1 1 di 8 09/06/ Raffaella Baccolini Sometime, Between Memory and Forgetting My essay partly has to do with the notion of deferral and postponement, that, in my title, is represented by that vague sometime. Such a notion is of particular interest to me, as I myself have been affected by it in my research. Having worked for the past ten years and more on issues linked with memory, the notions of amnesia and forgetting have always been present in my mind mostly though, I would have to admit, as something to reject and fight against. I have mostly concentrated on the value of memory, its use and abuse, and its relationship with what I have called radical or critical nostalgia. Therefore, I have always postponed the moment until I would feel comfortable, interested, in a way at ease in order to tackle it: I have deferred any discussion of forgetting and its implications until now. Deferral, though, in the sense that I will use it here, moves partially away from the most famous explanation given of it by Sigmund Freud. For Freud, deferral is associated with the pleasure-principle and the reality-principle. Whereas the pleasure-principle corresponds to the desire for immediate gratification, the reality-principle refers to the deferral of that gratification. The pleasureprinciple drives the individual to seek pleasure and avoid pain. But as individuals grow up, they begin to learn that sometimes it is necessary to endure pain and defer gratification because of the demands and obstacles of reality: An ego thus educated has become reasonable, says Freud, and no longer lets itself be governed by the pleasure principle, but obeys the reality principle, which also at bottom seeks to obtain pleasure, but pleasure which is assured through taking account of reality, even though it is pleasure postponed and diminished (qtd. in Felluga on line). Apart from being slightly uncomfortable with this emphasis on quantity, deferral to me has to do with the postponement, until a better time, of pain and discomfort rather than pleasure the kinds of feelings possibly arising from traumatic and conflicting memories. But deferral, in its association with memory and imagination, can also become the space of the possible, where writers come to terms with the past, undo it, and provide the possibility for change. It is my intention here to review some of the debates related to memory and forgetting, and to argue that deferral may be a necessary strategy not only to gain perspective and distance on the past, but also to get to remember, and not forget, the past, and to reconcile with, and not forgive, past wrongs. Some examples from literature will illustrate what I am trying to argue. 1. Forgetting and Memory So - to begin - despite my own deferral, the very notion of memory invites a reflection on forgetting. Forgetting is part of memory, and as suggested by many, a necessary and vital part. Starting with Greek tradition, its mythology tells us that Lethe is a female divinity whose mother is Eris, the goddess of strife and discord (Theoi Project on line). Lethe, the goddess of forgetfulness and oblivion, is associated with night and is opposed to Mnemosyne, who is the goddess of memory and is associated with light. But for most of us Lethe is the river of forgetfulness: we drink of the waters of Lethe so that on our births, by forgetting our past life we make room for our new life and all the emotions, thoughts, and actions that will determine the quality of that life to be. But, the river Lethe is also connected with death and the Underworld, where the shades of the dead had to let go of their earthly lives by drinking from its waters. Forgetting then can bring relief from the painful memories of life. At the same time, forgetting seems to lead to sleep (Lethe, night), as Paul Valéry once wrote that to go to sleep is to forget (Weinrich 5). But dreams, as we know, are also associated with memory: in our dreams we remember and transform people and events from our lives. Forgetting continues to be seen as necessary by different thinkers. For Marc Augé, for example, it is indispensable: we need to know how to forget in order to taste the present; we need to forget the recent past to recover the more distant past (11). Paul Ricoeur dedicates the last part of his recent study on Memory, History, Forgetting (La memoria, la storia, l oblio) on the necessity of forgetting as a condition for the possibility of remembering, and on whether there can be something like happy forgetting in parallel to happy memory ( ). For both, and since Friedrich Nietzsche who also concluded his reflection on the use and abuse of history and the past with the recommendation Learn to forget, an active forgetting (Nietzsche) is necessary to open up the possibility of the future. Like plants in a garden, memories must be selected and pruned to help new memories to bloom and grow (Augé 29). It is clear that for Augé and others, forgetting does not really mean the loss of memory tout court, but rather the possibility of movement and change against an official, sometimes rigid, prescribed memory what I would call a false and manipulative memory or its abuse. Forgetting, thus, serves as imagination, to maintain memory and the curiosity for the past alive. Despite this, I remain uncomfortable with the idea of forgetting. One way to approach this discomfort is to see whether there are different kinds of forgetting, or if oblivion can be of use, or still, whether there can be a critical or radical forgetting in the same way that there are different kinds of memories. Psychoanalysis provides one such distinction, between what Harald Weinrich has called unpacified... and pacified forgetting (136), i.e. the retrieval of the repressed before and after the cure. Again, forgetting and memory have to do, according to Freud, with the avoidance of displeasure: whatever one finds unpleasant or embarrassing is repressed and forgotten. This is what often happens to trauma. However, it seems to me, that there is a growing request and a need for accounts that bear witness to traumatic memories. Another distinction between dumb and smart forgetting is offered by Paul Valery, who considers it advisable to distinguish forgetting that results in mere loss... from a kind of forgetting that has positive effects. Forgetting becomes the instrument the body uses to differentiate quotidian and trivial memories from memories that serve life (Weinrich 145). Similarly, Ricoeur distinguishes between complete forgetting and a kind of forgetting that he calls kept in reserve. Whereas complete forgetting threatens to destroy memory traces once and for all, forgetting that is kept in reserve allows memories, temporarily forgotten, to be retrieved ( oblio di riserva o di risorsa, 626). In this sense, forgetting suggests that the persistence of memory is not consciously perceptible, and that we actually forget less than we think or fear we will.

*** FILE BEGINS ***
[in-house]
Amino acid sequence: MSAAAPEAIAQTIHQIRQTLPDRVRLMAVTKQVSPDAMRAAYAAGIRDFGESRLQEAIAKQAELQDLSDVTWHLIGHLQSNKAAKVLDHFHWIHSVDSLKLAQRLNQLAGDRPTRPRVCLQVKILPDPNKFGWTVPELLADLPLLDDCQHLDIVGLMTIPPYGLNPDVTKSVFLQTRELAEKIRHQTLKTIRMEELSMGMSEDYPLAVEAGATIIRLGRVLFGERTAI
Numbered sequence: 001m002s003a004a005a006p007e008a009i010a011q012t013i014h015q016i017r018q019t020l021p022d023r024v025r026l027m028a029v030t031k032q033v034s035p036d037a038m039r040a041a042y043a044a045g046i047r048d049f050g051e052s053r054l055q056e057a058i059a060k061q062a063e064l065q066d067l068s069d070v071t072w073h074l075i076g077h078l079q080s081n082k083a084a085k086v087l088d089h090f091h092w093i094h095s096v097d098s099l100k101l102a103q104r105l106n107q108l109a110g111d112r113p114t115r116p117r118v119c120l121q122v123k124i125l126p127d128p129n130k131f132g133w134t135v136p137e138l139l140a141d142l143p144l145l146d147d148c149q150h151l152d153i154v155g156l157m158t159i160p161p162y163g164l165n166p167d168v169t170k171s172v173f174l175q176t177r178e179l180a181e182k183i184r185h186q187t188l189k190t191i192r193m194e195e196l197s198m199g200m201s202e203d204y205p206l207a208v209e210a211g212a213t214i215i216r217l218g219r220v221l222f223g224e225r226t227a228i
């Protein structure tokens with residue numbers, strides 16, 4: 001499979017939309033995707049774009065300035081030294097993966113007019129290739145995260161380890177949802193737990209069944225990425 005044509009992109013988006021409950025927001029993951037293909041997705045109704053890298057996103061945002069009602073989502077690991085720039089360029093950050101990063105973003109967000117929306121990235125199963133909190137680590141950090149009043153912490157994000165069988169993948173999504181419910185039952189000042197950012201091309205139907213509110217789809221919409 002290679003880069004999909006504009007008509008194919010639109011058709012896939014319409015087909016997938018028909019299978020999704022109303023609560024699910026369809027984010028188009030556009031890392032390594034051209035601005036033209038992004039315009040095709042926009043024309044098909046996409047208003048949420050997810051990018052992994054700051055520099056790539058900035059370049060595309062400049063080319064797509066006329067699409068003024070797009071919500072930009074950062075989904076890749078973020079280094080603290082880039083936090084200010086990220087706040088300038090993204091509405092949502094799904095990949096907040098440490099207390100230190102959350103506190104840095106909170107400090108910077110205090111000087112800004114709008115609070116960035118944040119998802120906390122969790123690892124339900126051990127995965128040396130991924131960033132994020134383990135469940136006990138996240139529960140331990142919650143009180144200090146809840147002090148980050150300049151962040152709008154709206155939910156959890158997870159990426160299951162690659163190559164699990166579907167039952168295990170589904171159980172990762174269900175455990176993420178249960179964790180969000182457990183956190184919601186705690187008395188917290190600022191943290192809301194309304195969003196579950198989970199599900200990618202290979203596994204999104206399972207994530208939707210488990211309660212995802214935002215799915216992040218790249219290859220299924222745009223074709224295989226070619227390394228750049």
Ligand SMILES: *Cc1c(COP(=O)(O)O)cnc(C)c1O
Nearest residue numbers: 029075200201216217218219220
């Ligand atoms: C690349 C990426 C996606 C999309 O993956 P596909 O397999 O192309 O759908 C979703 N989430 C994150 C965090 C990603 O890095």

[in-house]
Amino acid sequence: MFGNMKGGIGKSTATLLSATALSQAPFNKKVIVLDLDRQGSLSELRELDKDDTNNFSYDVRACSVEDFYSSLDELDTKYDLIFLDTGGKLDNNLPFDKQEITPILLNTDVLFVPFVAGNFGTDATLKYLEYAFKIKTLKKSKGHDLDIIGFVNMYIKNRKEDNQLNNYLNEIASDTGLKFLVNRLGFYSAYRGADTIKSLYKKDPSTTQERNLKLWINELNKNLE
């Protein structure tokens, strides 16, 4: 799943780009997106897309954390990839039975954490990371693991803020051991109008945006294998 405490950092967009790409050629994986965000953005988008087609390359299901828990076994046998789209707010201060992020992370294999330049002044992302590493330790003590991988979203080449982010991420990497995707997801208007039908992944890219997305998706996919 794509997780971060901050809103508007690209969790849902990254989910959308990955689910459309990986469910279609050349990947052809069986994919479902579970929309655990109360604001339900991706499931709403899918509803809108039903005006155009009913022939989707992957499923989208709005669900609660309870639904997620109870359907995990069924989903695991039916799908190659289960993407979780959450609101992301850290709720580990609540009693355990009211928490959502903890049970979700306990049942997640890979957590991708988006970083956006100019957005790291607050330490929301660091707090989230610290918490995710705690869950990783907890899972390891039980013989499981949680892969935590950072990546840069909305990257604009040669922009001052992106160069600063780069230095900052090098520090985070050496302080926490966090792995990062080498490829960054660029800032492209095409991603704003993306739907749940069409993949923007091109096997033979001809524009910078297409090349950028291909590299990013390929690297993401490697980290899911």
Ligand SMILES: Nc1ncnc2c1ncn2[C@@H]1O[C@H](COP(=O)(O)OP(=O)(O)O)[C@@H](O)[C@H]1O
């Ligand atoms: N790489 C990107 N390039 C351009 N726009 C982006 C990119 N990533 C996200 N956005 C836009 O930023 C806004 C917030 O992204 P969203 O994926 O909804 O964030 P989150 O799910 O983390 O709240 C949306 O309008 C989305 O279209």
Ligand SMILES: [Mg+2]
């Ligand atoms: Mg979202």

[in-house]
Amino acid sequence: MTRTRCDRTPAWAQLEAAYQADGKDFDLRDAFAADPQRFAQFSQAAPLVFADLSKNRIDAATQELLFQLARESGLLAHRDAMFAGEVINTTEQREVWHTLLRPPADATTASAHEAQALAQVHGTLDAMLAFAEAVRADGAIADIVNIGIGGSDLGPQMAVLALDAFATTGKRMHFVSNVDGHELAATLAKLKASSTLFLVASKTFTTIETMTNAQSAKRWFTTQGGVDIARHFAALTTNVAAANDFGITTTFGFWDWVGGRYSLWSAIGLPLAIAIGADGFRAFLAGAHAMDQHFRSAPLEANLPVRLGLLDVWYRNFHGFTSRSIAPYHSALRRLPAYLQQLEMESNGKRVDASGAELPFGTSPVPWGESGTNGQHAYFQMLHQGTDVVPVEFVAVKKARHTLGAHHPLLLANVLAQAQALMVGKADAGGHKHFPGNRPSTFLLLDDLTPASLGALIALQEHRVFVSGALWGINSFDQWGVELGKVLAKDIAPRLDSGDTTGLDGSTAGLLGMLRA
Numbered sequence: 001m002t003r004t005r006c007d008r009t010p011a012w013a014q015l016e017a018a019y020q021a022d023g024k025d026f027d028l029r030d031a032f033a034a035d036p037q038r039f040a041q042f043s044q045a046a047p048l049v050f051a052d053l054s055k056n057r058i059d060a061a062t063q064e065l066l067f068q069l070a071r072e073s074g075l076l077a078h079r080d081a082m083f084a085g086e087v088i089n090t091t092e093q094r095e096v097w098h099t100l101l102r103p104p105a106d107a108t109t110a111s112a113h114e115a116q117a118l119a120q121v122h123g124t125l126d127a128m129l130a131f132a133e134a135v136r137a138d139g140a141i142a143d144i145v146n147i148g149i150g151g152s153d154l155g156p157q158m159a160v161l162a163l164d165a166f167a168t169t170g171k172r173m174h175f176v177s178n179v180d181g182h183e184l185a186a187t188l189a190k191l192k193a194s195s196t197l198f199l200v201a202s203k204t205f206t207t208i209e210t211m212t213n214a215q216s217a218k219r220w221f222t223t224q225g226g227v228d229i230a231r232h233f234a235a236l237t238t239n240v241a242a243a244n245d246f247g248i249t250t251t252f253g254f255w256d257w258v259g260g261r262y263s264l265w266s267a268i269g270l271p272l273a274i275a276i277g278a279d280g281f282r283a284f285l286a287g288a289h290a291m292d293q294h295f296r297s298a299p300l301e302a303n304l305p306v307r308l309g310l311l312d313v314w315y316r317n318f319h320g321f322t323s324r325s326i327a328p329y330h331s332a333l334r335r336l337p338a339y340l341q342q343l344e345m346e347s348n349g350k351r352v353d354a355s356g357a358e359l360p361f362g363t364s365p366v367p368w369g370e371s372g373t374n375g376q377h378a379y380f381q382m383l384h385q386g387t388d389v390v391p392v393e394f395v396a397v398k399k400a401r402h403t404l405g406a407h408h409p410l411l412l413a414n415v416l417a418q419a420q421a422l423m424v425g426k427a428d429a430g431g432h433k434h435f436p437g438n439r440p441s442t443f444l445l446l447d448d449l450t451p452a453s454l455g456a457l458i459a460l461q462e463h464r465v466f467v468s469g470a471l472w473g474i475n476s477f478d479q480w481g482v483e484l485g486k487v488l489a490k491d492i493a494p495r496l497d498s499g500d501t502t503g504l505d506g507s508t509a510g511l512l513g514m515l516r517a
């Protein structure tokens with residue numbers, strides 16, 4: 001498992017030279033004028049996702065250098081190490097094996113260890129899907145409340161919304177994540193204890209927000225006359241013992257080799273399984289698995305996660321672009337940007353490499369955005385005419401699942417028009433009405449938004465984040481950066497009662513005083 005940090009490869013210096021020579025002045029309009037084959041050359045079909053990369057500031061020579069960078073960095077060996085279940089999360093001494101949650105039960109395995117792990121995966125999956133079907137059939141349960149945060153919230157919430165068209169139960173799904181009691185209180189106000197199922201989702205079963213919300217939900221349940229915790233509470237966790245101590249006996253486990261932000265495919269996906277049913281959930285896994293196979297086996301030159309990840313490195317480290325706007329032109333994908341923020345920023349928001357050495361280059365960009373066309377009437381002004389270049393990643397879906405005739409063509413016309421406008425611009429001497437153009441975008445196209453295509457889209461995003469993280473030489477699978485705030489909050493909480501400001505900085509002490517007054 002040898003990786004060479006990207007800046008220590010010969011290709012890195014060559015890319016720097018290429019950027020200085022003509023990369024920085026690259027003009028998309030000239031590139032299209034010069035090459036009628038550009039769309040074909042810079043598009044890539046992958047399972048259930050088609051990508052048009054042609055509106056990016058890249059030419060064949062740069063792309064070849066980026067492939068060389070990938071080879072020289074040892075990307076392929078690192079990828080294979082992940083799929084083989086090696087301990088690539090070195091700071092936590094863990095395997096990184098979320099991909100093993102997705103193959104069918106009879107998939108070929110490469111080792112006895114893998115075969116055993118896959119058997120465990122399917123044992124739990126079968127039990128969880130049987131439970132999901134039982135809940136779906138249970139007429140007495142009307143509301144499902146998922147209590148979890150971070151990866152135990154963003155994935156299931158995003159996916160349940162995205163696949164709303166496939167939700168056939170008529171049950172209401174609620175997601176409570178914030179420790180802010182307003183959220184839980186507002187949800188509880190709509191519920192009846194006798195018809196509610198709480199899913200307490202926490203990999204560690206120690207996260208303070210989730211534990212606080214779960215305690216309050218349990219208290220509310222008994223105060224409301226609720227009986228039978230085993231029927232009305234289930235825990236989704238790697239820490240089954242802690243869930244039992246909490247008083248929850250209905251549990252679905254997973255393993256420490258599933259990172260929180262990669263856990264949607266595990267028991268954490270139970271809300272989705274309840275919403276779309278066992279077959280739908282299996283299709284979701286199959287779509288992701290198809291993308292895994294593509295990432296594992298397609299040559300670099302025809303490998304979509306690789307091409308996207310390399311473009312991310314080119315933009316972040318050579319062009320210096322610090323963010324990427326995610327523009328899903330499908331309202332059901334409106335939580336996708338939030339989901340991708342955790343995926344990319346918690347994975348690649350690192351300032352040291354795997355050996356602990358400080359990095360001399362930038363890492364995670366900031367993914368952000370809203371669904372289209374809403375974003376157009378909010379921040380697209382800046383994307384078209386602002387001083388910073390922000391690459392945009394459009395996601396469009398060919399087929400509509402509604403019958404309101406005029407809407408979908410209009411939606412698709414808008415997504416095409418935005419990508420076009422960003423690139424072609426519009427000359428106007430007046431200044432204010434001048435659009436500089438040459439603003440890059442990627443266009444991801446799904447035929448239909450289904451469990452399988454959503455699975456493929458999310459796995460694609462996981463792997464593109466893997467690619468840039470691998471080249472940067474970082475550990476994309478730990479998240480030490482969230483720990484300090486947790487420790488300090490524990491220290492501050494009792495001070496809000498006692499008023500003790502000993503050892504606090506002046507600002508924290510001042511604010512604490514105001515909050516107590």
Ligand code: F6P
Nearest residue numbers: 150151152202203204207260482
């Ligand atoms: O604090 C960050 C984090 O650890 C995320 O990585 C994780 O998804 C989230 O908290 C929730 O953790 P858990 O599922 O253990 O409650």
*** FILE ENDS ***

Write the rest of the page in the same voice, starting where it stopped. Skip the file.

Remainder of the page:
2 2 di 8 09/06/ But my sense of unease with forgetting has to do, first of all, with the fact that the very notions of oblivion and memory call into question also the issue of ethics and morality. This seemingly simple and vital notion of active forgetting clashes with the choice of what can be forgotten, what must not be forgotten, and who calls the shots. In fact, one of the problems I have with forgetting has to do with the position from which one speaks. To a certain extent, the claims of Augé and Ricoeur are very effective and persuasive, but they sound intellectual, or abstract and unconvincing when placed next to the dilemmas that real people live in everyday life. In fact, what is one to do with traumatic memories? Who is to say what is right to do in the case of traumas? On what grounds is one to tell a veteran, an incest survivor, someone who has gone through the experience of the Holocaust, or someone who has lost a member of his/her family to a conflict to just put the past behind? Another reason why the idea of forgetting is disturbing is that memory has always been and still is profoundly associated with the idea of identity. In The Ethics of Memory, Avishai Margalit states that who we are depends on our not forgetting things that happened and that are important in our lives (208). To go back to the Greeks once again, memory is inextricably linked with imagination and identity, thus creating a profound link with the artistic imagination: Mnemosyne, the goddess of memory, is the mother of the muses and the patroness of intellectual and artistic efforts. Through her daughters, she grants the power to tell of what is, and what is to be, and what was before now (Hesiod l. 38), so that memory became, in a sense, the source of creativity. Conversely, for Greeks, to be bereft of memory is equivalent to losing oneself. Thus, the link between memory, imagination, and identity is a founding element of Western culture, and frequently occurs in much literature (Baccolini, A useful knowledge ). In a poem called Transcendental Etude, Adrienne Rich underlines the condition of loss in women s lives, where the lack of remembering becomes a fragmentation of one s body and a displacement: But in fact we were always like this,/ rootless, dismembered: knowing it makes the difference (75). The past and the knowledge of it, then, become an aspect of memory that can be empowering. Western discussions of memory have been characterized by an attempt to distinguish between different kinds of memory. Vince Geoghegan has recently reviewed the wide range of memory words, many used synonymously that come up in the debate and somewhat hesitantly and rightly so has proposed the following list: recalling, recollection, remembering, and recognition ( Religion ). Of these, recalling is the weakest, less intentional form of memory; recollection is a more active and conscious searching for memories ; remembering involves a strong epistemological claim ; and recognition a working through of memories and a reflection on their significance ( Religion ). So western tradition has it that we go from a more simple recall to the more profound and unsettling recognition of Plato, Aristotle, Aquinas, and Augustine two types of memories of which the second involves judgment and leads to knowledge (cfr. Yates 1-81). A similar distinction continues to be present in modern and contemporary reflections on memory. The German philosopher Ernst Bloch, for example, distinguishes between anamnesis (recollection) [and] anagnorisis (recognition) (Geoghegan, Remembering 58). Whereas recollection is conservative and precludes new knowledge, anagnorisis involves recognition... [where] memory traces are reactivated in the present (Geoghegan, Remembering 58). Memory, the repository of experience and value, is therefore necessary to an understanding of oneself and of the past, but also of the present and the future alike, and acquires thus a social dimension (Baccolini, A useful knowledge 118). Forgetting is thus associated with loss and disempowerment in this line of thought that sees, on the other hand, memory connected with emancipation. To remember is, for Theodore Adorno, an act of resistance (qtd. in Marcuse 99), whereas, for Herbert Marcuse, it helps to break for short moments, the omnipresent power of the given facts (98) hegemonic historical discourse with its master narratives that have erased our historical memory so that it becomes hard to distinguish between past and present. Finally, memory is associated with hope in Walter Benjamin s Theses on the Philosophy of History and has a redemptive power: memory is important, for every image of the past that is not recognized by the present as one of its own concerns and thus is not remembered threatens to disappear irretrievably (V, 247). Thus a society that is incapable of recollection, recognition, and remembrance is without hope for the future, as it shows no concern for the often silenced histories of the oppressed, the marginalized, the dispossessed. As Benjamin reminds us, it is only for the sake of those without hope that hope is given to us (qtd. in Marcuse 257; cf. Baccolini, A useful knowledge ). It seems necessary to distinguish, then, between a conservative and a progressive use of memory, the latter acquiring also a social and an ethical dimension. Choice, responsibility, and action go together with memory and knowledge of the past for Adrienne Rich, who claims that if it is the present that calls us to activism, it is history that must nourish our choices and commitment (152). Memory is therefore necessary as it is an important step for a political praxis of change, action, and empowerment. Our reconstructions of the past shape our present and future. 2. Memory, Forgetting, Forgiveness, and Reconciliation One field where forgetting is often evoked as a positive force is the area of forgiveness. Frequently, we hear the suggestion that a little forgetting is necessary if we want to move on in life. Hence, against the call, on the one hand, to bear witness to a traumatic past (the Shoah, civil wars, etc.), we also have a call, on the other, for letting go of that past. This is most clear in those countries that have been torn by internal conflicts and by the current call for historical forgiveness or reconciliation. My discussion of memory, then, cannot avoid considering the link between forgetting, forgiving, and reconciliation (cfr. also Baccolini A useful knowledge ). In order to move beyond past conflicts, a global call for forgiveness is going on everywhere, so much so that Roy L. Brooks has claimed that we have clearly entered what can be called the Age of Apology (3). What is happening is certainly a complex and fascinating phenomenon that wavers between what seems to have become contrition chic, on the one hand, and the recognition of guilt, the possibility of atonement and mourning accompanied by the possibility of settlement (rather than reparation) without apology, on the other. This raises the disturbing doubt that all this may be nothing more than a superficial operation to boost a nation s self-image. And beyond this very disturbing suspicion, the issue reveals the complex relationship between the need to remember and the need to forget in order to make a new start and build the future. Many think that it is not necessary to hold on to the past because the past is an unnecessary burden, an obstacle to progress